Final year survival guide

An image of university of kent student studyingFourth year is exactly what my friends made it out to be; your home is now the library and a night out comes around as frequent as your birthday. Only joking, but it is noticeably harder than previous years, especially when you decide to have an uneven module weighting during the first term, agree to do some freelance work for your previous employer, all the while applying to graduate schemes before their deadlines. I found the following worked for me in order to stay on top of everything:

  • If you’re going to work this year, be realistic as to how many hours you can do. A salary at uni is lovely especially after coming back from a paid year in industry, not to mention having freelance work on your CV, your grades can suffer however if you dedicate more time to this over your uni work. I chose to prioritise the latter and promised six hours (give or take) of freelance work a week. Another thing to keep in mind is don’t plan anything based on the first two weeks. If anything like my course, you don’t have any seminars/deadlines and obviously it will seem as if you have a lot of free time.
  • You will be bombarded with grad scheme emails – it doesn’t hurt to start taking a look early and noting down some of the application closing dates. However apply to your absolute favourite ones first, the others can wait. Don’t be fooled by late closing dates however, some will bring back this date if they have enough applications already.
  • It’s really easy to spend a larger portion of your time on one assessment than on another, so to manage my time efficiently and put my mind at ease that I was working on at least a little bit of everything each week, I started making a list of what to do each day for that particular week. So for example my time on Monday was dedicated towards my freelance work for four hours, then I would work on a grad scheme application or an assessment deadline. On Tuesday maybe I worked on a different module’s deadline and then swapped to something else so on. A simple process but I feel that two of the main causes of stress among uni students is the fact that we think that:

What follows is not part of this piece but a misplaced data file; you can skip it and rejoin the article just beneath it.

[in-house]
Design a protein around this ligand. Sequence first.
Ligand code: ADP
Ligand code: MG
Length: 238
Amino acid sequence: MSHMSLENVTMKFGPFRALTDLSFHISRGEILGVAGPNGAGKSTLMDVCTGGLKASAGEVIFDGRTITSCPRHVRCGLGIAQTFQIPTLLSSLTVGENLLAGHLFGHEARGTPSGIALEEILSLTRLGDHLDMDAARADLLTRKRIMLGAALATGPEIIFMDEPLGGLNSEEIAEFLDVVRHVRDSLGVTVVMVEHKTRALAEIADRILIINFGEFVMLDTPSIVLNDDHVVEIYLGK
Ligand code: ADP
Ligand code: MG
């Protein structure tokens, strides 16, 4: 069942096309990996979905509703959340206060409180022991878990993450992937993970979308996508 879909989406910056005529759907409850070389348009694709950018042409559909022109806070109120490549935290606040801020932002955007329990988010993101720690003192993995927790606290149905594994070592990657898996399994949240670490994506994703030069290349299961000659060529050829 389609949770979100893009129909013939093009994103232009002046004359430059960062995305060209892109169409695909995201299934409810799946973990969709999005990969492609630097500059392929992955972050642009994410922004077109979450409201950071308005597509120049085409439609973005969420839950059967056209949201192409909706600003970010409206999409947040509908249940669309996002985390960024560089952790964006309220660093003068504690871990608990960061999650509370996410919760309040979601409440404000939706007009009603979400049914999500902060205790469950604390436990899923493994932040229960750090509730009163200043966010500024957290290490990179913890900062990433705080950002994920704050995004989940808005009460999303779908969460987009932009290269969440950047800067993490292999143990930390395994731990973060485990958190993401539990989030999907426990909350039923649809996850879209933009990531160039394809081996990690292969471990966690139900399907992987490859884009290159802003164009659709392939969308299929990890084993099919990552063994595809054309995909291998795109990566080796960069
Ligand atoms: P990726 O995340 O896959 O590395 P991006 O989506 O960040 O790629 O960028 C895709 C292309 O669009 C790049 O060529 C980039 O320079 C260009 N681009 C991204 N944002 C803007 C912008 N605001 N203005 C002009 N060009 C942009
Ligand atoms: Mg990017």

• we have more work to do than we actually have,
    • we have less time to do it in than what we’ve actually got.

I found doing this useful to determine both of those amounts. This can change of course throughout the week, so be prepared to be flexible if one task has taken longer to work on than envisaged.

  • Finally, you can and should have a social life/extra curricular activity/just time to yourself to balance everything out. Despite my heavy workload, I was able to join the yoga society — an hour and a half two days a week well spent after a long week!

This post is by Natalie Mclaren